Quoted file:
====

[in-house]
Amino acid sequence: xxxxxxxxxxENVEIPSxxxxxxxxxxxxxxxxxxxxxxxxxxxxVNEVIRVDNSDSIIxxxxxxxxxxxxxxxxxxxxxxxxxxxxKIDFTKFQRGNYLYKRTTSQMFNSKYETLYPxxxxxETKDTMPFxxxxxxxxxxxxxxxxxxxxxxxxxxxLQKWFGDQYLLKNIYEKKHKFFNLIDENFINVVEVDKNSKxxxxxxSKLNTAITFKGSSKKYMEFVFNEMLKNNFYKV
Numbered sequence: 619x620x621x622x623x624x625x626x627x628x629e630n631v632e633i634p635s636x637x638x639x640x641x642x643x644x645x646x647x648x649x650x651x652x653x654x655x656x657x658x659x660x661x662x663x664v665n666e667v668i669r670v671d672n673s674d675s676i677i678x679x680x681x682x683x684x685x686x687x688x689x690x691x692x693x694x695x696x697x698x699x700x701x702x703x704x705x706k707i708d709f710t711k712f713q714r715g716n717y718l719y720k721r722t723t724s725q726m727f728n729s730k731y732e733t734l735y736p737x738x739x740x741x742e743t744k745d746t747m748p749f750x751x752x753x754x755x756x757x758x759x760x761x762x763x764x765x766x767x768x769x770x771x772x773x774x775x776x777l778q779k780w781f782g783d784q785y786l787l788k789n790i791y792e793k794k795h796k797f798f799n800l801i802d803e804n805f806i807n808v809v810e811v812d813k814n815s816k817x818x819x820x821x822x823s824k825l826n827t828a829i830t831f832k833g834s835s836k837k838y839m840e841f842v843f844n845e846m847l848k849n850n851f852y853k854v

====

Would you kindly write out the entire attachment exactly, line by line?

[in-house]
Amino acid sequence: xxxxxxxxxxENVEIPSxxxxxxxxxxxxxxxxxxxxxxxxxxxxVNEVIRVDNSDSIIxxxxxxxxxxxxxxxxxxxxxxxxxxxxKIDFTKFQRGNYLYKRTTSQMFNSKYETLYPxxxxxETKDTMPFxxxxxxxxxxxxxxxxxxxxxxxxxxxLQKWFGDQYLLKNIYEKKHKFFNLIDENFINVVEVDKNSKxxxxxxSKLNTAITFKGSSKKYMEFVFNEMLKNNFYKV
Numbered sequence: 619x620x621x622x623x624x625x626x627x628x629e630n631v632e633i634p635s636x637x638x639x640x641x642x643x644x645x646x647x648x649x650x651x652x653x654x655x656x657x658x659x660x661x662x663x664v665n666e667v668i669r670v671d672n673s674d675s676i677i678x679x680x681x682x683x684x685x686x687x688x689x690x691x692x693x694x695x696x697x698x699x700x701x702x703x704x705x706k707i708d709f710t711k712f713q714r715g716n717y718l719y720k721r722t723t724s725q726m727f728n729s730k731y732e733t734l735y736p737x738x739x740x741x742e743t744k745d746t747m748p749f750x751x752x753x754x755x756x757x758x759x760x761x762x763x764x765x766x767x768x769x770x771x772x773x774x775x776x777l778q779k780w781f782g783d784q785y786l787l788k789n790i791y792e793k794k795h796k797f798f799n800l801i802d803e804n805f806i807n808v809v810e811v812d813k814n815s816k817x818x819x820x821x822x823s824k825l826n827t828a829i830t831f832k833g834s835s836k837k838y839m840e841f842v843f844n845e846m847l848k849n850n851f852y853k854v